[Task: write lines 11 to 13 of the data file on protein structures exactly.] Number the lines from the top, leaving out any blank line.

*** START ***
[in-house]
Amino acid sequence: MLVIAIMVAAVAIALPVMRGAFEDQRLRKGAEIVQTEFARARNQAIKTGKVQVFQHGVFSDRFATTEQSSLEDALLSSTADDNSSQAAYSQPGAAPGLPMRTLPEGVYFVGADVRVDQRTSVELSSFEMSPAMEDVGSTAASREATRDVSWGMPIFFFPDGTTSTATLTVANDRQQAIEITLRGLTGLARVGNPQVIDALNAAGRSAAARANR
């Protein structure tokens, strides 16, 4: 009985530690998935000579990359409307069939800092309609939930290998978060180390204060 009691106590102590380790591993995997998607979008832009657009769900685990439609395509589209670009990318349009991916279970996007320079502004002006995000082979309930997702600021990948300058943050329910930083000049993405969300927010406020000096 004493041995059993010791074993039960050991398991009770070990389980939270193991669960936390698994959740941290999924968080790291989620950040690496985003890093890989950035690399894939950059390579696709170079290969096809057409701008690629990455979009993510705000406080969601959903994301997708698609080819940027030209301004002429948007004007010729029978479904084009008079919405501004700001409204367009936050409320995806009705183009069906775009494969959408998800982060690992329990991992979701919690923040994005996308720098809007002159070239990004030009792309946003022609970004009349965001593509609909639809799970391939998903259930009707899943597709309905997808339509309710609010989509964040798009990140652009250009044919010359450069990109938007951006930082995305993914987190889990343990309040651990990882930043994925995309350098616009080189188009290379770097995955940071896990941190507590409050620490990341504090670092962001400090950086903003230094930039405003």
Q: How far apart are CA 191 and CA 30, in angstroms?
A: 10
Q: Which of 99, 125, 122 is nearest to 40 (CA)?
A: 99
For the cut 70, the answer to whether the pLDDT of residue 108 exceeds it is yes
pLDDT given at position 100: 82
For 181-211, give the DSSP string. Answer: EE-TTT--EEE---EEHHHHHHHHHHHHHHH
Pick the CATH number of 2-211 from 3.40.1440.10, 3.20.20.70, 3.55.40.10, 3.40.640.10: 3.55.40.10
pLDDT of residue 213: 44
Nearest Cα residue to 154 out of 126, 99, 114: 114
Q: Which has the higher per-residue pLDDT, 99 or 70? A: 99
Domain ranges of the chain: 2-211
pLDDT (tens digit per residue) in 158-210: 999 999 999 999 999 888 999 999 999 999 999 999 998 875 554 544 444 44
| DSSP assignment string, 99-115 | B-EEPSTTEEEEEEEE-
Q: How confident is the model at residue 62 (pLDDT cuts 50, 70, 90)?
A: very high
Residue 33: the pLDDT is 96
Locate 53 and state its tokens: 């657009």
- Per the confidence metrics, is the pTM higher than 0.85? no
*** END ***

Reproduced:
Pick the CATH number of 2-211 from 3.40.1440.10, 3.20.20.70, 3.55.40.10, 3.40.640.10: 3.55.40.10
pLDDT of residue 213: 44
Nearest Cα residue to 154 out of 126, 99, 114: 114